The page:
Your IP: 3.89.204.127 United States Near: United States

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Below is the list of all allocated IP address in 30.51.0.0 - 30.51.255.255 network range, sorted by latency.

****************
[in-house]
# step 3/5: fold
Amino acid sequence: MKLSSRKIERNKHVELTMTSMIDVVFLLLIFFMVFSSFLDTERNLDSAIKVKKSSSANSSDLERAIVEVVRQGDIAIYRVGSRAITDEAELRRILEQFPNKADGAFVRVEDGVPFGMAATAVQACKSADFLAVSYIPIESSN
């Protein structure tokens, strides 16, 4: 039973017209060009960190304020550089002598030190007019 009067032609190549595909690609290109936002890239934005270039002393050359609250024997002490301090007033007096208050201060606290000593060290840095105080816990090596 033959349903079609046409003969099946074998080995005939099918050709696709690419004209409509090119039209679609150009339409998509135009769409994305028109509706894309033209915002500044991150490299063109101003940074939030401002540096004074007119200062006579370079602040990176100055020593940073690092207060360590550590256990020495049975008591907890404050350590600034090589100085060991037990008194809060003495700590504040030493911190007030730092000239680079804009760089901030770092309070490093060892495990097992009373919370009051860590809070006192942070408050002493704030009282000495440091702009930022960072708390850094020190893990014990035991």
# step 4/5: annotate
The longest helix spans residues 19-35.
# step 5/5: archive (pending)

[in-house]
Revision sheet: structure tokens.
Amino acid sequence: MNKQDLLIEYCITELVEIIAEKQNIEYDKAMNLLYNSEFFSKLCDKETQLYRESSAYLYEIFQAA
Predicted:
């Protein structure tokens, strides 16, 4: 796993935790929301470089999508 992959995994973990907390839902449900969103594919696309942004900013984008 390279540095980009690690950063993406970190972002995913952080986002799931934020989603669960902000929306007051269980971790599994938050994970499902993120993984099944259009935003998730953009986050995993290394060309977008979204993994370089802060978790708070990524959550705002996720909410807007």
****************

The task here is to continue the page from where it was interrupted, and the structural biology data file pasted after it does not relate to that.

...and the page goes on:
Millennium: 1st millennium BC Centuries: 5th century BC – 4th century BC – 3rd century BC Decades: 420s BC  410s BC  400s BC  – 390s BC –  380s BC  370s BC  360s BC Years: 399 BC 398 BC 397 BC – 396 BC – 395 BC 394 BC 393 BC 396 BC by topic Politics State leaders – Sovereign states Birth and death categories Births – Deaths Establishments and disestablishments categories Establishments – Disestablishments v · d · e 396 BC in other calendars Gregorian calendar 396 BC Ab urbe condita 358 Armenian calendar N/A Bahá'í calendar -2239 – -2238 Bengali calendar -988 Berber calendar 555 English Regnal year N/A Buddhist calendar 149 Burmese calendar -1033 Byzantine calendar 5113 – 5114 Chinese calendar 甲申年 (2241/2301) — to — 乙酉年 (2242/2302) Coptic calendar -679 – -678 Ethiopian calendar -403 – -402 Hebrew calendar 3365 – 3366 Hindu calendars  - Bikram Samwat -339 – -338  - Shaka Samvat N/A  - Kali Yuga 2706 – 2707 Holocene calendar 9605 Iranian calendar 1017 BP – 1016 BP Islamic calendar 1048 BH – 1047 BH Japanese calendar Korean calendar 1938 Thai solar calendar 148 v · d · e Wikimedia Commons has media related to: 396 BC Year 396 BC was a year of the pre-Julian Roman calendar. At the time, it was known as the Year of the Tribunate of Saccus, Capitolinus, Esquilinus, Augurinus, Capitolinus and Priscus (or, less frequently, year 358 Ab urbe condita). The denomination 396 BC for this year has been used since the early medieval period, when the Anno Domini calendar era became the prevalent method in Europe for naming years. Events By place Persian Empire The Persians assemble a joint Phoenician, Cilician, and Cypriot fleet, under the command of the experienced Athenian admiral, Conon, and seize Rhodes. Carthage The Carthaginians are forced to abandon their siege of Syracuse (begun in 398 BC), but destroy Messina. Dionysius' first war with Carthage ends with a notable victory for Dionysius, who confines his enemy's power to an area of northwest Sicily. On his return home, the Carthaginian general, Himilco, commits suicide. Greece Agesilaus II, the King of Sparta, campaigns successfully in Asia Minor against the Persian satraps Pharnabazus and Tissaphernes and inflicts a major defeat on Tissaphernes at Sardis. Agesilaus agrees to a three months' truce with the Persians under Tissaphernes, the satrap of Lydia and Caria. Negotiations conducted during that time prove fruitless, and on its termination, Agesilaus raids Phrygia, where he easily captures an immense amount of booty, since Tissaphernes has concentrated his troops in Caria. Roman Republic Marcus Furius Camillus is made dictator by the Romans. Camillus finally destroys the Etruscan city of Veii in southern Etruria as the town falls to Roman forces after what is said to be a 10 year siege. The capture of Veii and its surrounding territories marks the first major expansion of Rome which doubles its territory after this victory. The Romans introduce pay for their army. By topic Literature Plato publishes his Apologia, which is a defence of his mentor Socrates. Sports Kyniska becomes the first woman to win an event at the Olympic Games when the horse-drawn chariot she sponsors crosses the finish line first, even though the prohibition on women competing forces her to hire a man to drive it. Births Lycurgus, Athenian statesman and orator (d. 323 BC) Xenocrates, Greek philosopher and scholarch (or rector) of the Academy (d. 314 BC) Deaths Himilco, Carthaginian general References